Experts respond to state’s request for help on personal protective equipment

Monday, May 11, 2020

Shortages in personal protective equipment (PPE) for health care workers and recommendations made by the Centers for Disease Control and Prevention to wear face masks during essential outings have left many wondering what safe alternatives can protect them from the coronavirus disease 2019 (COVID-19).

In response to a request made by the Washington State Department of Labor & Industries (L&I), researchers from the University of Washington School of Public Health tested the performance of different materials to use for possible handmade face masks.

The team of environmental and occupational health sciences faculty, which included Principal Lecturer Martin Cohen, Professor and Chair Michael Yost, and Professors Christopher Simpson and Scott Meschke, examined fabrics from L&I’s Safety & Health Assessment & Research for Prevention (SHARP) program for filtration and breathability. Based on this criteria, they tested cotton, muslin, fleece, lycra, surgical wrap and polyurethane foams sent from SHARP, as well as rayon and Thinsulate.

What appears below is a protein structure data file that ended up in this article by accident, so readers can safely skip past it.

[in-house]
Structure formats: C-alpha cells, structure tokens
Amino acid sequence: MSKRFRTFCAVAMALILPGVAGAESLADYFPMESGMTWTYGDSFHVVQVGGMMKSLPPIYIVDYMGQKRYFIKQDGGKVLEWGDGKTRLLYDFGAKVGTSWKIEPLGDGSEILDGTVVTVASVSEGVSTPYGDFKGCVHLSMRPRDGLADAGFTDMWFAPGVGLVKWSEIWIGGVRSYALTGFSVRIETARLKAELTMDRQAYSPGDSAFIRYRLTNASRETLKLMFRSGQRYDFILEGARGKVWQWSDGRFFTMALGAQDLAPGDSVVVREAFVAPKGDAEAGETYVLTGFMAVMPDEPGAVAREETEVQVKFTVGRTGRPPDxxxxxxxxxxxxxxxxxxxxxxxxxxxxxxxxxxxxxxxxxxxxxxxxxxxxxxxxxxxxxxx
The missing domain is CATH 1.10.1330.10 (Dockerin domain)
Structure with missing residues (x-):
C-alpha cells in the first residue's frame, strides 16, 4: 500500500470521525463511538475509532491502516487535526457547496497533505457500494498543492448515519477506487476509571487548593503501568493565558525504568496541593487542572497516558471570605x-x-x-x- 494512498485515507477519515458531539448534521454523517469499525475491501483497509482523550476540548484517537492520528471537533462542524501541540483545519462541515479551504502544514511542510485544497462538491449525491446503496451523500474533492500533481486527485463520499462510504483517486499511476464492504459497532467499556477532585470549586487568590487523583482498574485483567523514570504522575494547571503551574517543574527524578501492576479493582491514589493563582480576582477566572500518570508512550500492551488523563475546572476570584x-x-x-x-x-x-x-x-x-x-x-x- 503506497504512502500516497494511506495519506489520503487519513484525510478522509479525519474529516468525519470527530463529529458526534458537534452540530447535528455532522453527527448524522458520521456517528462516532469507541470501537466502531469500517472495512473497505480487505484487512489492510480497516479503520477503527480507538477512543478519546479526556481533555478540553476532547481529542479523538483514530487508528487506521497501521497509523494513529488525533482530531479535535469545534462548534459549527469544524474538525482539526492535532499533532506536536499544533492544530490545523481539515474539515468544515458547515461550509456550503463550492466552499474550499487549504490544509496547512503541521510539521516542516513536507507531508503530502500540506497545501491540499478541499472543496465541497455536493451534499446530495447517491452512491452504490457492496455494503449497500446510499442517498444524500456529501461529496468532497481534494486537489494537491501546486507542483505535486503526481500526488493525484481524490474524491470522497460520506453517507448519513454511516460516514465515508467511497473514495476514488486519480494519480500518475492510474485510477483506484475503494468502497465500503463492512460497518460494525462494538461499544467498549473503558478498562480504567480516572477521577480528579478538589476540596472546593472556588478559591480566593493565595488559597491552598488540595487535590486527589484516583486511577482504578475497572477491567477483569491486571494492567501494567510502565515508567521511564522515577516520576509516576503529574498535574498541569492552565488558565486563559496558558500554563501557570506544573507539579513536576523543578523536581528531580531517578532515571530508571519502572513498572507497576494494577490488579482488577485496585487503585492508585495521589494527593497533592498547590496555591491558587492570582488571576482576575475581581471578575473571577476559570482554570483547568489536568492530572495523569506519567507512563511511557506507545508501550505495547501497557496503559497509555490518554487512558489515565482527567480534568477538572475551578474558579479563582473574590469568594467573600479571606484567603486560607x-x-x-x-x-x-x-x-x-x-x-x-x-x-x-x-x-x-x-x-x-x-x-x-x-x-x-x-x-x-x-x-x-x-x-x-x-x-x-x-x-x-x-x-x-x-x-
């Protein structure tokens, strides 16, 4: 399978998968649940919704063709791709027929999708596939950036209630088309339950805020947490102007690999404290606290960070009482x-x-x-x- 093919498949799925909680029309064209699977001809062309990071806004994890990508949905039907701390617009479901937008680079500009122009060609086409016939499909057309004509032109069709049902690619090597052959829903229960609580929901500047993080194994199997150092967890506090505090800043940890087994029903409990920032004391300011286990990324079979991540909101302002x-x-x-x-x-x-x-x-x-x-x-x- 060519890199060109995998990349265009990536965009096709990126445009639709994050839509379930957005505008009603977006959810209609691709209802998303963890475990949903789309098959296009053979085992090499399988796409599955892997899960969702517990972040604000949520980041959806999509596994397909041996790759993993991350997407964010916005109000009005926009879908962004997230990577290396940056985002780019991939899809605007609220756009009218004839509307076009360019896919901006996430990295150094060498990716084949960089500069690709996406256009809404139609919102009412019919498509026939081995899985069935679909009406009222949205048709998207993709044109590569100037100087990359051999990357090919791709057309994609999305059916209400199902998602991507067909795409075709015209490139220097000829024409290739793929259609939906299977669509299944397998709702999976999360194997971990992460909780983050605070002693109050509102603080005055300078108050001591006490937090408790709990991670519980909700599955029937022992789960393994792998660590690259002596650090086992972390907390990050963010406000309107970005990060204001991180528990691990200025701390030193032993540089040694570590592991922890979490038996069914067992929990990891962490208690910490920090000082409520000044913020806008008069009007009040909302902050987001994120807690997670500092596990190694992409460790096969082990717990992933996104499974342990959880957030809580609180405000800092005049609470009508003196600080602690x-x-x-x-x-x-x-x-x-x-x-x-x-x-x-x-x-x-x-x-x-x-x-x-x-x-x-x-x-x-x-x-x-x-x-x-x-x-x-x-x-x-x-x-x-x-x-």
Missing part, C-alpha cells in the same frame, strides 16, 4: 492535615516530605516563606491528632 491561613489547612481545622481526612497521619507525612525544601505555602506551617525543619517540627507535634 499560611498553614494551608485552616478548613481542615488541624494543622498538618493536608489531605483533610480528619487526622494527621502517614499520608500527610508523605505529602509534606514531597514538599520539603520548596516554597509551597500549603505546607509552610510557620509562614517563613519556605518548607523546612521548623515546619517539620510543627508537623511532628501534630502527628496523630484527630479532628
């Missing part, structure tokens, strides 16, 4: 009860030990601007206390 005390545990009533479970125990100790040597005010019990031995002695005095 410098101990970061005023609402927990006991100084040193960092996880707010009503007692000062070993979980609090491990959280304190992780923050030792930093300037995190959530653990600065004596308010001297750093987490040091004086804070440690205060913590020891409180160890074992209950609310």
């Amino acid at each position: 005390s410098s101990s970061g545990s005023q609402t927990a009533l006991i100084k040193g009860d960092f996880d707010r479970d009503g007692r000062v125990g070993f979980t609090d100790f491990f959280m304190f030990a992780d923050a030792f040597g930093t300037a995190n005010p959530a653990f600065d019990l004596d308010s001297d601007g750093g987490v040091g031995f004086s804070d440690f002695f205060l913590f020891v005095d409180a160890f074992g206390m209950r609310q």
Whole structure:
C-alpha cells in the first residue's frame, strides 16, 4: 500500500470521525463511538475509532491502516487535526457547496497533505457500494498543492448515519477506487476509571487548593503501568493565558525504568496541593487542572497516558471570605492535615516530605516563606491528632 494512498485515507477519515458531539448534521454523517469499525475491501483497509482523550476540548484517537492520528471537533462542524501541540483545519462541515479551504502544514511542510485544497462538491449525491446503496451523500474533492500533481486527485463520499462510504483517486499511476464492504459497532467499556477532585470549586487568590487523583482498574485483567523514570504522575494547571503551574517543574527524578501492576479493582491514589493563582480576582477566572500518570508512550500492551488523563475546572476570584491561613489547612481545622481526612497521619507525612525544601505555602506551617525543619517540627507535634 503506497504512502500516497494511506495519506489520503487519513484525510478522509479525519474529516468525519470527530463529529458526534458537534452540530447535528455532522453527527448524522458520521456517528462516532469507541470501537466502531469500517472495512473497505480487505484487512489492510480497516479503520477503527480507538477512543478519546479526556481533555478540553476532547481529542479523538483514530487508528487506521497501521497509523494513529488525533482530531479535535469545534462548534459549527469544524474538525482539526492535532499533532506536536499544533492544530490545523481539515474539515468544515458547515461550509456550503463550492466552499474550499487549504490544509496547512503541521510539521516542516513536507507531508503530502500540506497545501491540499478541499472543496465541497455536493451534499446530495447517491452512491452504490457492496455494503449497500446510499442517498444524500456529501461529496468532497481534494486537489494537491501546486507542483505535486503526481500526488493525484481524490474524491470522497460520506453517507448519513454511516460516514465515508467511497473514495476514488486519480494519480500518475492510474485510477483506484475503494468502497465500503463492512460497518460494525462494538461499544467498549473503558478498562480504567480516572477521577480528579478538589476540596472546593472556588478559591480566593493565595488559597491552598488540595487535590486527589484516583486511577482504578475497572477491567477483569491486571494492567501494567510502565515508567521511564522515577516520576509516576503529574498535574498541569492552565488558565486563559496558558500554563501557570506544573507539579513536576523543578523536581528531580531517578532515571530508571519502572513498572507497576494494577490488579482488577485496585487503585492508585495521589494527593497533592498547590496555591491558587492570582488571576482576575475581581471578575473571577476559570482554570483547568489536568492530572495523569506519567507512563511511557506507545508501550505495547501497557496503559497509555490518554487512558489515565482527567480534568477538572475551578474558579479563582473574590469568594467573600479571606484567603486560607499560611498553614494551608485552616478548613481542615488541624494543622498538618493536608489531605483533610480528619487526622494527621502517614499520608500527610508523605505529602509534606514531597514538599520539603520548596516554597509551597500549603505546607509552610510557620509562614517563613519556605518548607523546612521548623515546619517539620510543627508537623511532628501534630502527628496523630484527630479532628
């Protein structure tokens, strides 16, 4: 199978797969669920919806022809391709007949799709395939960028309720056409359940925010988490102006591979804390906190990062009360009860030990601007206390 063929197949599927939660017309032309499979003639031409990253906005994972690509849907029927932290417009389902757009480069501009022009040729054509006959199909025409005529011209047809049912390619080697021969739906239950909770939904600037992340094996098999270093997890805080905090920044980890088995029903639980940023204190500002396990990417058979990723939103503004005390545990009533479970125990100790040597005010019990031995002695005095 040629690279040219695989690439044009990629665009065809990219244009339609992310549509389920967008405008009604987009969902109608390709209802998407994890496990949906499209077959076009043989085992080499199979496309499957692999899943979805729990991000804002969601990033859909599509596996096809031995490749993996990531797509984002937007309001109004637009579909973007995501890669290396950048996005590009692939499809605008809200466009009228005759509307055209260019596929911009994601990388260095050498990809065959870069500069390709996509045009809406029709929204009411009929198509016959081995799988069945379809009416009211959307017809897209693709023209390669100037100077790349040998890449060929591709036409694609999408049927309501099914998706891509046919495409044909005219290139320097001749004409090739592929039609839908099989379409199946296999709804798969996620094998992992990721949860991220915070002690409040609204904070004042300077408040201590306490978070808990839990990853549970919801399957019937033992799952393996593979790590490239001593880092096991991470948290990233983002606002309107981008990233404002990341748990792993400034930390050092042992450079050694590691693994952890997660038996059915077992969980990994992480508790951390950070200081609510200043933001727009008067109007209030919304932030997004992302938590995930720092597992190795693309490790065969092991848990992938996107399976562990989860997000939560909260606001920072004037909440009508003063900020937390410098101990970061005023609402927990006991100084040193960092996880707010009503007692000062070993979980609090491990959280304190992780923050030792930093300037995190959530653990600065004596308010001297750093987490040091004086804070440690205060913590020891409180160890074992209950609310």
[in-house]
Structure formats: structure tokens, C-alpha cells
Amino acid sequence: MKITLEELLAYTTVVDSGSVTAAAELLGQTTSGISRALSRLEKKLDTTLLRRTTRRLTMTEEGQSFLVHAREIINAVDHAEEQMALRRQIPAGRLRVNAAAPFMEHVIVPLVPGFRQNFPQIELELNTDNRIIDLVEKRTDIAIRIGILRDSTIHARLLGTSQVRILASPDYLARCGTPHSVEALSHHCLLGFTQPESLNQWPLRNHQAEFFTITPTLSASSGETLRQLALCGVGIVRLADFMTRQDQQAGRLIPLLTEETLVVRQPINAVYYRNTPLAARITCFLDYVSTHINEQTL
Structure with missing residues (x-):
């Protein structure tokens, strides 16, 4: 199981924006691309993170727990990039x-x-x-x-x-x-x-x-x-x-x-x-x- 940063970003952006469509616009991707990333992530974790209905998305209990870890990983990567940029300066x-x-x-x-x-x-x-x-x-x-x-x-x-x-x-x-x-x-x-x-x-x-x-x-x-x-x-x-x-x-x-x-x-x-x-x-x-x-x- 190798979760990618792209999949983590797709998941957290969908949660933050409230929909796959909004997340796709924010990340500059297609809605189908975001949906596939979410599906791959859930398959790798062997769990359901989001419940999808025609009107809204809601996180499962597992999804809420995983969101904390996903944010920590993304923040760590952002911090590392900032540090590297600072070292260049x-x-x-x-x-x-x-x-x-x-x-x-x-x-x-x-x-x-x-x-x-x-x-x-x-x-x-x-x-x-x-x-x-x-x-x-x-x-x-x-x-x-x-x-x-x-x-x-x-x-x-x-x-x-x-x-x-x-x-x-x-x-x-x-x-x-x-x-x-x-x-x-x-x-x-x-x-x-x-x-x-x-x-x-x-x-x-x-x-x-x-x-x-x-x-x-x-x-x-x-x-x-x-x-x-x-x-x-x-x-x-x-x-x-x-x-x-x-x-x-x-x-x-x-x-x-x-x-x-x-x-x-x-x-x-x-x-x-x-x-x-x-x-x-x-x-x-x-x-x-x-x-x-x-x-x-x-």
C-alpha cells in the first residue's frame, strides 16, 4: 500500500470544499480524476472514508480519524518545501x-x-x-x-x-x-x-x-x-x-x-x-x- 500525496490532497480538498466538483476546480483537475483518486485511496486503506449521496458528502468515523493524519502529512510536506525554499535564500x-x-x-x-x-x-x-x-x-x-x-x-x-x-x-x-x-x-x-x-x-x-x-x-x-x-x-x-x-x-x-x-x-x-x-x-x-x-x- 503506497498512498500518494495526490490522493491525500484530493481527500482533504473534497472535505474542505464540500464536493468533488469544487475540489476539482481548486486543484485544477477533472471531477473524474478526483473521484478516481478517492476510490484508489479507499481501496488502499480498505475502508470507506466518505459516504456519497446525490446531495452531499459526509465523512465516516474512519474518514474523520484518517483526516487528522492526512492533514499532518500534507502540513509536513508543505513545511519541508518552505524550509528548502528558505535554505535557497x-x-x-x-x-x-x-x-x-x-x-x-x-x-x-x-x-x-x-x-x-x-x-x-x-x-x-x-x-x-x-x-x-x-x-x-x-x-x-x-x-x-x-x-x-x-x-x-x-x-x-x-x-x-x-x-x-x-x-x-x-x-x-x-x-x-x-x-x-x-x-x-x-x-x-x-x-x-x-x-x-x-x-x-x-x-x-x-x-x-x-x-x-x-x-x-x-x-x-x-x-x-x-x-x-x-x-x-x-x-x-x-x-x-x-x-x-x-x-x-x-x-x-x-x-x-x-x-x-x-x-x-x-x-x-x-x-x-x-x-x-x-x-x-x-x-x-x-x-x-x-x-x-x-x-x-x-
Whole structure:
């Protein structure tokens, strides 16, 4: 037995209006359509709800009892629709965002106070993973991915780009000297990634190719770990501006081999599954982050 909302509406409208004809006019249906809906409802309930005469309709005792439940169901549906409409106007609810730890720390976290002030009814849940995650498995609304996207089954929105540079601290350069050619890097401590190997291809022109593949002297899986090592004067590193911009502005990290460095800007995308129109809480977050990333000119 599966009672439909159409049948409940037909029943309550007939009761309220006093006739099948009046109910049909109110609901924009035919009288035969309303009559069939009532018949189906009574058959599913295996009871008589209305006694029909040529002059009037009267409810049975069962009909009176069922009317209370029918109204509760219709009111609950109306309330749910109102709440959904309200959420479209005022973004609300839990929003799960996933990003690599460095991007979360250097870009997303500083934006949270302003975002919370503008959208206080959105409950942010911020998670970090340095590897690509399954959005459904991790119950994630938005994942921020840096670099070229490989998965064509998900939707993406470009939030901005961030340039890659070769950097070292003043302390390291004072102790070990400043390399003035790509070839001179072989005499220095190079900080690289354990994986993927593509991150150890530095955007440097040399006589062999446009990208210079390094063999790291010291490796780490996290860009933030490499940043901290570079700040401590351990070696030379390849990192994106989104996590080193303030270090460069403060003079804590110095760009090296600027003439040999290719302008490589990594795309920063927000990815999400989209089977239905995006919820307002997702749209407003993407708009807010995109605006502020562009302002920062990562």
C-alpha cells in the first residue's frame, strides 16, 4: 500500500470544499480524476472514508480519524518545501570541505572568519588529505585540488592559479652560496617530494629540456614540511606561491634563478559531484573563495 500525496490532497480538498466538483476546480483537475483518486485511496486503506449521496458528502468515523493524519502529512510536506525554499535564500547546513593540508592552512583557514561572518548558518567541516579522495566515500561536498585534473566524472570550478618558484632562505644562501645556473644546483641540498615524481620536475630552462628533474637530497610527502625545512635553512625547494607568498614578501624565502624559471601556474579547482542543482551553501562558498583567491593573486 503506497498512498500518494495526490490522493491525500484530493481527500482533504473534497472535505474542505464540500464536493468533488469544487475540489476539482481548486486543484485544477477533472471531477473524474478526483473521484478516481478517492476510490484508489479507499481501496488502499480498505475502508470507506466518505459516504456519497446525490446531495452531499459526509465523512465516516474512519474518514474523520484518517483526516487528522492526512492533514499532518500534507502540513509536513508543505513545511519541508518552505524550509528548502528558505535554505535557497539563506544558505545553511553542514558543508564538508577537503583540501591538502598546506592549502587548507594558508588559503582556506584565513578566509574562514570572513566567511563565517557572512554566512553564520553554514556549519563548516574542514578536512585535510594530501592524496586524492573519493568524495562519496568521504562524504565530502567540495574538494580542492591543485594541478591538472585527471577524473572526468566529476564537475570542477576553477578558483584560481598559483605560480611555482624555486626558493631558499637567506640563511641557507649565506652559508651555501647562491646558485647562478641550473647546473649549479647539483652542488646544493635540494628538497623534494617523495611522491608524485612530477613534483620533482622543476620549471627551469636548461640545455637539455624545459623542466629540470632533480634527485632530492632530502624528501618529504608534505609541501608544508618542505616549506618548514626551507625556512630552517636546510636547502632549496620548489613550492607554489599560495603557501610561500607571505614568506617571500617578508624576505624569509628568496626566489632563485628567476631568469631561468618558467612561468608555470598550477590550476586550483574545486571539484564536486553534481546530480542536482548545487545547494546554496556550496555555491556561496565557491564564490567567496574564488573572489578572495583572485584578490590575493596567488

In order for a face mask to be effective, users must be able to breath in it easily and particles need to filter through it properly. Unfortunately, these two qualities can work in opposition. A good filter can impede breathing or make a wearer more likely to breathe in unfiltered air from around the edges of the mask. In contrast, some fabrics are very breathable but not effective at filtering for particles.

“You’re looking for something in between,” Cohen said.

To test these metrics quickly, Cohen developed a make-shift approach in his lab that approximates methods used by the Food and Drug Administration (FDA) for testing surgical masks. Cohen found that surgical wrap – a polypropylene fabric used in hospitals to prevent dust from settling on instruments after they are sterilized – and Thinsulate insulation performed best for filtration and breathability. 

The results are exploratory, and none of the materials was tested for safety, Cohen noted. Cohen hopes the last-resort use of handmade masks for health care workers and others won’t last long.

“After this outbreak, hopefully we will learn that we need to have good supplies of PPE,” he said.

Read the full story from the Department of Environmental & Occupational Health Sciences.